Unilateral Declarations of Independence and Secession

After Kosovo issued a UDI in 2008, the ICJ was asked to issue an advisory opinion on the legality under international law of that UDI. The ICJ held that there had been no breach of international law because there was no law explicitly prohibiting such declarations. This is hardly surprising; declarations of independence are essentially claims of sovereignty, which can either be rejected or recognised by sovereign States. If they are recognised, the independence is a fait accompli, and if they are rejected, they become irrelevant, regardless of their legality.

However, the ICJ refused to analyse arguments surrounding the right to self-determination and the secession of Kosovo from Serbia. Instead, the ICJ just stated that there were radically different arguments on whether the right to self-determination confers upon part of the population of an existing State a right to separate from that State. The ICJ thought it was unnecessary to analyse these arguments because it had no direct effect on the legality of the UDI of Kosovo, which was the subject matter of the advisory opinion.

The Supreme Court of Canada did analyse these arguments, in a landmark case concerning the potential secession of Quebec from Canada. The Court held that the “right to secession” only arises under the right to self-determination of a people under international law in three specific situations. First, where a people is governed as part of a colonial empire; secondly, where a people is subject to alien subjugation, domination or exploitation; and thirdly, possibly, where a people is denied any meaningful exercise of its right to self-determination within the state of which it forms a part. According to the Court, in the absence of these situations, international law has established that the right to self-determination of a people is fulfilled through internal self-determination: i.e. within the framework of an existing state.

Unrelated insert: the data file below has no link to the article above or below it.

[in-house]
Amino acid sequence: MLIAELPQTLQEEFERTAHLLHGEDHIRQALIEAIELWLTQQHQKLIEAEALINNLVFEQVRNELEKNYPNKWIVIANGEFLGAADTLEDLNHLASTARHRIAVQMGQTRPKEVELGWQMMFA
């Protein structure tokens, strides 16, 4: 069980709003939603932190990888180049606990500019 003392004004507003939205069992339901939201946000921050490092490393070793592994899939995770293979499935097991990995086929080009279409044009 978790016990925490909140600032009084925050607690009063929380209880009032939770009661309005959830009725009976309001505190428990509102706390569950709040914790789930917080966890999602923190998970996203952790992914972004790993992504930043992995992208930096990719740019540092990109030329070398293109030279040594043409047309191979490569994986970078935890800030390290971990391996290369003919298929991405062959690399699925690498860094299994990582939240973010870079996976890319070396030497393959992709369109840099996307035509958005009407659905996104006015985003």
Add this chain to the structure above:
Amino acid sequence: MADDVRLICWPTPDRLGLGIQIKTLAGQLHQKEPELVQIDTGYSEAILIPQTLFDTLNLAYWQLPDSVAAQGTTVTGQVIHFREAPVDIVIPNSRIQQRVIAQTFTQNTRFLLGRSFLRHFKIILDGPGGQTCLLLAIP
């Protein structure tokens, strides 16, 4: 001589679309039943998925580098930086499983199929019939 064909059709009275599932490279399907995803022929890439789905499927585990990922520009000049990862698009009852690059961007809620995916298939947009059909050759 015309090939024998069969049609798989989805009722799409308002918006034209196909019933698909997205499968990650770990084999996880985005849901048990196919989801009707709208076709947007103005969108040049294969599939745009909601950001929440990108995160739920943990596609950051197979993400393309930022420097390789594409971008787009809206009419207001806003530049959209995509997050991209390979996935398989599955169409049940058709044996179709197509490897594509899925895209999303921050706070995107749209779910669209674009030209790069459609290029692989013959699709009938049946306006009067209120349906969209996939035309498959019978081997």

Conclusion

Returning to the situation in Catalonia, it thus appears that international law does not support the equation of the right to self-determination of a people with the right to secede. If one adopts the view of the Supreme Court of Canada set out above, then the current internal self-government (autonomy) of Catalonia could satisfy Spain’s obligation to respect the right of the Catalan people to self-determination. Whether this is actually the case, would require a factual assessment of the degree of Catalan autonomy, which is beyond the scope of this post. However, rather ironically, attempts by Spain to restrict or suspend the autonomy currently enjoyed by Catalonia, such as by activating Article 155, would actually give credence to the claim that Catalans are denied any meaningful exercise of their right to self-determination within Spain and therefore have the right to secede.

Catalonia: The Right to Secede and the Right to Self-Determination